The Gospel According to Saint Matthew
In the late 1960s, while a student at Asbury College, I happened across a foreign film that had a powerful impact on my spiritual formation. Shown across the street on the campus of Asbury Theological Seminary, it was The Gospel According to Saint Matthew (1964), produced by famed Italian filmmaker Pier Paoli Pasolini. As this avowed atheist himself related, he once found himself with time on his hands in Assisi, Italy, while the town prepared for a visit of Pope John XXIII. Out of boredom, he picked up a New Testament and read through its entire first book, Matthew's Gospel, at one sitting. Struck by its power and the commanding forcefulness of Jesus' personality, he decided to produce a film portrait based solely on Christ's words as recorded by Matthew, with no other mediating text or narrative. Pasolini also selected primarily untrained actors based on the character of their faces; he used background music ranging from Bach to a Congolese Mass; he and set his film in the rugged terrain of southern Italy, which mimicked the harsh landscape of ancient Israel. Although a nonbeliever and Marxist himself, Pasolini faithfully recounted Jesus' miracles and resurrection as related by Matthew.
At the time I saw the film I had no basis for comprehending what a provocative statement Pasolini was making in his secularized milieu. But eventually I learned that leading Italian Catholic intellectuals, while wary of Pasolini's politics and lifestyle, nevertheless came to praise the film. And The Gospel According to Saint Matthew, "in the minds of most critics, is still the greatest, most authentic and the most religious film on Jesus ever made."1 But when I first viewed it I just knew I had witnessed an unforgettable rendering of Jesus as a supremely powerful personality who was frequently angered by prevailing unrighteousness and injustice. And to this day, I believe if one were to stumble upon Christianity exclusively through the eyes of St. Matthew, one would understand Jesus' indignation with hypocrites and unrepentant sinners and his equally pronounced joy over sinners come home as among the most powerful motifs of the Gospel.
As regards missiology, the study of the propagation of the Gospel across cultures, Pasolini's film illustrates that secular agents of culture, in this case even a Marxist, can bear witness to Christian truth. Non-Christian artists, writers, thinkers, and even non-Christian folk practices and religions can harbor clues and lend witness to God's biblical revelation. Missionaries understand this adaptation and "redemption" of culture as contextualization. In Burma in 1819, Baptist missionary Adoniram Judson adapted for Christian use Buddhist zayats, roadside shelters used for relaxation and discussions of current events. Judson and his wife Nancy attended Buddhist services held in zayats to become acquainted with seating patterns and other associated traditions. The Judsons' employment of zayats for Christian purposes quickly led to the first Burmese converts to faith in Christ. Similarly in India in the 1930s, Methodist missionary E. Stanley Jones adapted for Christian use the Hindu ashram, or spiritual retreat, leading to Christian conversions among high caste Brahmans. Jones's ashrams also modeled the possibility in India of Christian community freed of race, caste, and political barriers.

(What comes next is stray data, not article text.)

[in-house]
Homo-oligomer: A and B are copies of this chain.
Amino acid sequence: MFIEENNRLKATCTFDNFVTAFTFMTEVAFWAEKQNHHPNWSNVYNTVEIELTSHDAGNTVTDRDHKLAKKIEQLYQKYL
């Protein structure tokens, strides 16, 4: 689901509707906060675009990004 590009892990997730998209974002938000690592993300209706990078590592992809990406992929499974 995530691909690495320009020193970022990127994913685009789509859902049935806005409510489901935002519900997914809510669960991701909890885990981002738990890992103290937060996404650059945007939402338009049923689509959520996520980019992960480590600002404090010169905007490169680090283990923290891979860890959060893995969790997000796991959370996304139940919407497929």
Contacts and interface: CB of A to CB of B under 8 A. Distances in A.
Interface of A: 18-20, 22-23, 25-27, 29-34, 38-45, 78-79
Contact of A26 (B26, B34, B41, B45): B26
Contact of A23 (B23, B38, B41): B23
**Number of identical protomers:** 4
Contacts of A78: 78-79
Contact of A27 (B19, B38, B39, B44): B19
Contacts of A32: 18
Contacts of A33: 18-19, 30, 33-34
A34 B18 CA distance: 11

The idea that many cultures and folk traditions have embedded within them silent pointers to Christ was championed perhaps most powerfully in the twentieth century in the writings of Canadian Don Richardson, who served in New Guinea in the 1960s and 1970s under Regions Beyond Missionary Union. His books, Peace Child, Lords of the Earth, and Eternity in Their Hearts, develop the concept of "redemptive analogies," the discovery and application of spiritual truths derived from local customs and traditions that are compatible with Christian teaching. Don and his wife Carol and their seven-month-old son began work in 1962 among New Guinea's Sawi tribesmen, who practiced cannibalism and headhunting and idealized treachery. Murder and fear of death constantly plagued Sawi villages, which regularly raided one another. Richardson quickly recognized that the concept of a loving Savior who died for all was incomprehensible to the Sawi: "In their eyes Judas, not Jesus, was the hero of the Gospel. Jesus was just the dupe to be laughed at." Finally, however, he discovered a redemptive analogy in the tribe's rarely employed Sawi peace ritual, which involved each warring village exchanging a "peace child" as a guarantor of peace. The author of Peace Child actually witnessed such a ritual and noted that the Sawi "had found a way to prove sincerity and establish peace.... Among the Sawi every demonstration of friendship was suspect except one. If a man would actually give his own son to his enemies, that man could be trusted!"2 Richardson was able to use this analogy to point the Sawi to God the Father's sacrifice of his son and thereby lead many Sawi to faith in Christ.3
The growth in the United States in recent decades of Christian schools and Christian home schooling has its commendable features. However, the tendency sometimes found in such circles to raise suspicions against all expressions of culture that are not explicitly Christian can actually undermine educational excellence and witness. Not only can such suspicions thwart genuine Christian liberal arts education, seeking God's truth wherever it may be found, they also can rob those educated in Christian schools and home schools of the prospects of discovering "redemptive analogies" in American culture--or in any other culture.
Discrimination in the Positive Sense